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Mamata should understand Centre's good intentions

Mamata should understand Centres good intentions
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Mamata Banerjee
Highlights

Amphan, the most powerful cyclone to strike eastern India and Bangladesh, is said to be the biggest in this century itself

Amphan, the most powerful cyclone to strike eastern India and Bangladesh, is said to be the biggest in this century itself. It has killed at least 100 people, and rescue teams are scouring devastated coastal villages, but are hampered by torn down power lines and flooding over large tracts of land, reports suggest. Going by any yardstick, this is a severe most cyclone and requires a long time to restore even semblance of normalcy in the affected areas.

The authorities were fortunate enough that technology came to their aid and the advance information and predictions have led to saving a large number of lives, which otherwise, would have been lost due to the cyclone. The authorities had launched a massive evacuation effort before Cyclone Amphan made landfall on May 20 and undoubtedly saved countless lives, but the full extent of the casualties and damage to property would only be known once communications are restored, officials said. Prime Minister Narendra Modi rushed to affected areas for a first-hand on the spot study of the situation.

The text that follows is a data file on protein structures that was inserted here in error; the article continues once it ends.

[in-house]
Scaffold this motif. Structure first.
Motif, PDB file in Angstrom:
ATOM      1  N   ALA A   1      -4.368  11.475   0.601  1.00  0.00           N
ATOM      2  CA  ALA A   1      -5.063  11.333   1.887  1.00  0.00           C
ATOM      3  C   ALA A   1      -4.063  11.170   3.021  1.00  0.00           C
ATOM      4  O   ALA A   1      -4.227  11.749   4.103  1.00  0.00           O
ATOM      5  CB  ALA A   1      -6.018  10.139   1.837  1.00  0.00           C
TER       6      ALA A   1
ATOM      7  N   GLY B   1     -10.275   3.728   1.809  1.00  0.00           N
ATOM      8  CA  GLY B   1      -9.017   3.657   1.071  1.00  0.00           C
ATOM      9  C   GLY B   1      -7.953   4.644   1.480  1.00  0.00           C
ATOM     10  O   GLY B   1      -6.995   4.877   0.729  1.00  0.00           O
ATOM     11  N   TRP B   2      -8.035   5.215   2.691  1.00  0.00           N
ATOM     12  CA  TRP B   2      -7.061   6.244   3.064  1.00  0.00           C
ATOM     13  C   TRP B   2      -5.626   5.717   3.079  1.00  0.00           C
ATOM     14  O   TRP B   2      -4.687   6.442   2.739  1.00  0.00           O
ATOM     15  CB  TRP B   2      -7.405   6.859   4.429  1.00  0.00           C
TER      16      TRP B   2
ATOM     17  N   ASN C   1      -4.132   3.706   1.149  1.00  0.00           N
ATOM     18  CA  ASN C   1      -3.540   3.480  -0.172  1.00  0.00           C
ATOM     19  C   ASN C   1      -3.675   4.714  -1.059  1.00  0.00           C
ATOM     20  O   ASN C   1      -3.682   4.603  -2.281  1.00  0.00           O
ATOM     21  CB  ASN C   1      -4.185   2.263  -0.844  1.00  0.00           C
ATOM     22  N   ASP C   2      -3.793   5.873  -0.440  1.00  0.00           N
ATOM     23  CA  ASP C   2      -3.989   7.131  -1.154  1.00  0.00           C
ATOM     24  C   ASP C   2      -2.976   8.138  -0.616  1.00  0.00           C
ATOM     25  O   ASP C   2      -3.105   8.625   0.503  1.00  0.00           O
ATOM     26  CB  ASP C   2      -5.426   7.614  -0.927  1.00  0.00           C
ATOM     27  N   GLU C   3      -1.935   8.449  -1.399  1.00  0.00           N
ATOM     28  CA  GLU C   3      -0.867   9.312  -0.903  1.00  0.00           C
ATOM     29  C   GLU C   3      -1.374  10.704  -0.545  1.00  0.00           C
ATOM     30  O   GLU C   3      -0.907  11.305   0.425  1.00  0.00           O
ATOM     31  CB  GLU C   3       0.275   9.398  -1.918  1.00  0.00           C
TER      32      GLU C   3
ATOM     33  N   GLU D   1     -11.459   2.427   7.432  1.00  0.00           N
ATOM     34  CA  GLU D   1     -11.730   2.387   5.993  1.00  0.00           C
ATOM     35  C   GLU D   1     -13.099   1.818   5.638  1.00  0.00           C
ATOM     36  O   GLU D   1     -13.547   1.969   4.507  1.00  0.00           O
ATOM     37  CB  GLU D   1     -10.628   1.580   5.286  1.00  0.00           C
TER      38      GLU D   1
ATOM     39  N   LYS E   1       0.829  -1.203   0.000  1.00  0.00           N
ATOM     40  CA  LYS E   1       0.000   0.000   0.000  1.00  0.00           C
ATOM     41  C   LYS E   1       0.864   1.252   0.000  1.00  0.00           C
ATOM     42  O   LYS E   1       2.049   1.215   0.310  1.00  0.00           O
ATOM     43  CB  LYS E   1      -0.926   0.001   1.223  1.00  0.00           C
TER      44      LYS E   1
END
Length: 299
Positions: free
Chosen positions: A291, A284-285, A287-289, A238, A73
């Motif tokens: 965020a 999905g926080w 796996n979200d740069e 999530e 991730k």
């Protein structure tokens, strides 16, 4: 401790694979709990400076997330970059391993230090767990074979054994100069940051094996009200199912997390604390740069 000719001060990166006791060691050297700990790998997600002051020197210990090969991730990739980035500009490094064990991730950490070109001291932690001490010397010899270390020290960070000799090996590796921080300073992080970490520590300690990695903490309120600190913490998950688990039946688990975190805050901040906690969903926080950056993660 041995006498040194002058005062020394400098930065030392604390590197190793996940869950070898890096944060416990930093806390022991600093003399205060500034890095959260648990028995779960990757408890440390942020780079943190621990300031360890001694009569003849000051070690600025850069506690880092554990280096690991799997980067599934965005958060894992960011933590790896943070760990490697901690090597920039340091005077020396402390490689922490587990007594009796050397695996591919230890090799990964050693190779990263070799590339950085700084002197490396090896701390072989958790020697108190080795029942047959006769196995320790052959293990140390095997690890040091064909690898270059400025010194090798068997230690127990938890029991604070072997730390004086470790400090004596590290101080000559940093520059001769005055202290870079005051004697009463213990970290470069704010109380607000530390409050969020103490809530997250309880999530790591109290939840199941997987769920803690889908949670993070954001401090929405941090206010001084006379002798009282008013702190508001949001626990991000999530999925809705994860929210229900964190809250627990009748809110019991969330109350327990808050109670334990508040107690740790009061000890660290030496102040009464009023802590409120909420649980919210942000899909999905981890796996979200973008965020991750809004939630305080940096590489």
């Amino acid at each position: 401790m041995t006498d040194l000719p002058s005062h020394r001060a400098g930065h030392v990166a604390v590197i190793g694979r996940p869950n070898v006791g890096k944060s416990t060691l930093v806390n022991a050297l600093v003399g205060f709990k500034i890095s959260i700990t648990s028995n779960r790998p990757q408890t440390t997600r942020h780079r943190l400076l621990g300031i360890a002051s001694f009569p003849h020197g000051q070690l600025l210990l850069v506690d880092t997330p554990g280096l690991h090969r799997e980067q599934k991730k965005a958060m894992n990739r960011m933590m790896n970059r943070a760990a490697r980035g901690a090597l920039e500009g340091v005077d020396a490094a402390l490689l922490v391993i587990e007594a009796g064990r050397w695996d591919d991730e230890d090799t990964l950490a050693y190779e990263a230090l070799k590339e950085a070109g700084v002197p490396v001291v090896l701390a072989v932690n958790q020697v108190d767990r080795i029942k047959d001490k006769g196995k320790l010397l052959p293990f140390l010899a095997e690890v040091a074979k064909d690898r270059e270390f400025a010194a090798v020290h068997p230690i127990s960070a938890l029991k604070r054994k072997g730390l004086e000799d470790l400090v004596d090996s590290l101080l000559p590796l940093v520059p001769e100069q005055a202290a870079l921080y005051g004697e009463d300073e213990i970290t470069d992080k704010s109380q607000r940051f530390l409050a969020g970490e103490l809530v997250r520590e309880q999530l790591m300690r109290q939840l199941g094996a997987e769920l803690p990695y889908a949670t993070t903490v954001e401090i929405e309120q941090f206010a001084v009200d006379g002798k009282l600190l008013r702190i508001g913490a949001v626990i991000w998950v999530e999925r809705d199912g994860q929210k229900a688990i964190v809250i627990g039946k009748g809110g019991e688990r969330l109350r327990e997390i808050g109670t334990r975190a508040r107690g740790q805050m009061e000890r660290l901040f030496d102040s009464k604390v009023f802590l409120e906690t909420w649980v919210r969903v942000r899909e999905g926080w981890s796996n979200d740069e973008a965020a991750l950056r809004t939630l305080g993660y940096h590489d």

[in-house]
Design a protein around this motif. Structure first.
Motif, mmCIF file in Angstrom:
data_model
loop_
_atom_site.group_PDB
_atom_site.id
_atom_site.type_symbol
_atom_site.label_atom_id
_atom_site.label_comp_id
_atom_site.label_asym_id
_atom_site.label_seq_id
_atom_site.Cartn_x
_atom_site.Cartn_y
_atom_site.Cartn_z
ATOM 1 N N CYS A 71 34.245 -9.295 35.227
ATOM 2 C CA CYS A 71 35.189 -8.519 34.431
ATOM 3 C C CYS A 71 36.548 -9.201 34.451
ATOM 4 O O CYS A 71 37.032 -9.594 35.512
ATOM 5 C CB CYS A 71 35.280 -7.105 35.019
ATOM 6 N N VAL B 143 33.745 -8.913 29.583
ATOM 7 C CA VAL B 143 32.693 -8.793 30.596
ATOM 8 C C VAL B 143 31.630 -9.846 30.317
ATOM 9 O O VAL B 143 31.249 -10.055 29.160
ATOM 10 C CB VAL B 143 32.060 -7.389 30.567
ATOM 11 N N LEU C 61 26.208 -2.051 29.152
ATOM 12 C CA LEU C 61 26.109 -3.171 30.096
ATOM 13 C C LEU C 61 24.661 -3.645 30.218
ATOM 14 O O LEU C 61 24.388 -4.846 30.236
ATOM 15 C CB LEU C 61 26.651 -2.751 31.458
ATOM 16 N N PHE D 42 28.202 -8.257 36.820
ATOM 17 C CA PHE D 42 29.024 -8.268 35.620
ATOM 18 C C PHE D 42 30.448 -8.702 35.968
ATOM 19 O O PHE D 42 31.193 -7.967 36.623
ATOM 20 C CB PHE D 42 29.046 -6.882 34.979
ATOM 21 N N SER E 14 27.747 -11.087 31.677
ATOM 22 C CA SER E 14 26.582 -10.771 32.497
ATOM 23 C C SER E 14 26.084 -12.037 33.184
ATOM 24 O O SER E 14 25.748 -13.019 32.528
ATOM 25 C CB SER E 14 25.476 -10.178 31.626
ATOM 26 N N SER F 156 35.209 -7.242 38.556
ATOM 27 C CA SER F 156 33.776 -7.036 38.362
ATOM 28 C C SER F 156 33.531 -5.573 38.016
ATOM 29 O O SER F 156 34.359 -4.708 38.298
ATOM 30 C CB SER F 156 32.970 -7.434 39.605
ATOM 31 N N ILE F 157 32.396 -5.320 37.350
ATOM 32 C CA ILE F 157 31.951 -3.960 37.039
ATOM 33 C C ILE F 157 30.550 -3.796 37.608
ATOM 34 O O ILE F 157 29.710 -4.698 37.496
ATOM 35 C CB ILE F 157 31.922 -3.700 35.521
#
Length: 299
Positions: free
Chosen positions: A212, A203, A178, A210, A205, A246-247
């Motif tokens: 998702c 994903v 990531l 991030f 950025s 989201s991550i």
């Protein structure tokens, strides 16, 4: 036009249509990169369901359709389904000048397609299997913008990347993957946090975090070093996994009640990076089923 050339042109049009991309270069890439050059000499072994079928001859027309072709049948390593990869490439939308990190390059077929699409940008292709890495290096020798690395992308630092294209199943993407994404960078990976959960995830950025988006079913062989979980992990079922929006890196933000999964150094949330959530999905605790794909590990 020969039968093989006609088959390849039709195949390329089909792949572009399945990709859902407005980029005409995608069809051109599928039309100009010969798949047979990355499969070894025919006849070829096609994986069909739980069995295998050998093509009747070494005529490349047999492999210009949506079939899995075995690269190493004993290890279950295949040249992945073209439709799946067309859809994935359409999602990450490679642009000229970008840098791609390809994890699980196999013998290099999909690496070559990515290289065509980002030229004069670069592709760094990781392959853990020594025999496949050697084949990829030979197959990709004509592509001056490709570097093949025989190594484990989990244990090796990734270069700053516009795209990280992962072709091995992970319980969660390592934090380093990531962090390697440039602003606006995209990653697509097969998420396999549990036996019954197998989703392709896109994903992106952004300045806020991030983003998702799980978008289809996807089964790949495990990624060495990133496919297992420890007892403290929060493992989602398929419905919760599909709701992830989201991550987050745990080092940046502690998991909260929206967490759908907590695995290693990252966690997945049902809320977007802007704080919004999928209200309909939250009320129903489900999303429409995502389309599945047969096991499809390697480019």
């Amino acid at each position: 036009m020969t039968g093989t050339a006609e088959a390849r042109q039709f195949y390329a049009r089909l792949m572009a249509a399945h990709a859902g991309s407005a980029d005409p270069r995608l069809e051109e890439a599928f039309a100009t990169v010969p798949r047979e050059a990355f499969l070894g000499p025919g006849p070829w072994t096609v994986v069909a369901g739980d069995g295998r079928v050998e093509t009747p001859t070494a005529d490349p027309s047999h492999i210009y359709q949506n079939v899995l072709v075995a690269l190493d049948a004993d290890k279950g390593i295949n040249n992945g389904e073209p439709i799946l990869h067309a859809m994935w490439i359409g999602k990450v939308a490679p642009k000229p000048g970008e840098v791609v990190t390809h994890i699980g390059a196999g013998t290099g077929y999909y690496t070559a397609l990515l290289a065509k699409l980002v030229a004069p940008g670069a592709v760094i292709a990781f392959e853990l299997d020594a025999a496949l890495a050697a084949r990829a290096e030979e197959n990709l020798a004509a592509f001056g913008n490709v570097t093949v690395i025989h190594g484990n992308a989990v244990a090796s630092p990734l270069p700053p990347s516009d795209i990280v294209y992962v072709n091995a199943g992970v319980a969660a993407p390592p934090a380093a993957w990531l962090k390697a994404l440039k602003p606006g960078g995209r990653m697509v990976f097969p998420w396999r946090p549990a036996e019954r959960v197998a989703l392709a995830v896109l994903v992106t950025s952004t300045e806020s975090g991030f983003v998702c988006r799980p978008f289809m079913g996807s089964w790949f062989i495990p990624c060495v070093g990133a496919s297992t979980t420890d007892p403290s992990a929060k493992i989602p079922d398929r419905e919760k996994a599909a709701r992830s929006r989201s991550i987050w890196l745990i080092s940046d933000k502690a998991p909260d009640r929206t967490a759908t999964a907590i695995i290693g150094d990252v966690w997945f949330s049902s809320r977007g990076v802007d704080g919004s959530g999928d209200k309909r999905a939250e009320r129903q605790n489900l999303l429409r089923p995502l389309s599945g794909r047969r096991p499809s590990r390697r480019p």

He was, for a change, received by the ever squabbling Mamata Banerjee, who had appealed for humanitarian aid without any politics involved. Of course, that in itself, is politics. She is bound to criticise the Centre sooner or later and the latter is bound to do vice verse in no time. Yet, the leaders should behave and do the needful. Mamata said that at least 72 people had perished - most of them either electrocuted or killed by trees uprooted by winds that gusted up to 185 km per hour (115 mph). That toll has crossed 80 now. When the cyclone barrelled in from the Bay of Bengal, the storm surge of around five metres resulted in flooding across the low-lying coastal areas.

Video footage shot in West Bengal showed upturned boats on the shore, people wading through knee-deep water and buses crashed into each other. More images showed villagers trying to lift fallen electricity poles, fishermen hauling their boats out of a choppy sea, and uprooted trees lying strewn across the countryside. The storm is the first super cyclone to form in the Bay of Bengal since 1999. Though its winds had weakened by the time it struck, it was still classified as a very severe cyclone. West Bengal is battling not only the cyclone but also the coronavirus.

There is already a full scale political war being waged on corona with the Centre accusing the State of doing very little and also hiding the figures. Mamata didi, for reasons better known to her, prefers her hide and seek game even if the Centre were to welcome her with open arms. She should understand that Centre's intervention is necessary and also that it is duty bound to do so and is doing no favour to the State. West Bengal need not feel obliged to the Centre as it is entitled to the services of the Centre in this regard. Be it corona or the cyclone, both the governments should keep in mind the fact that they are in place only to serve the people.

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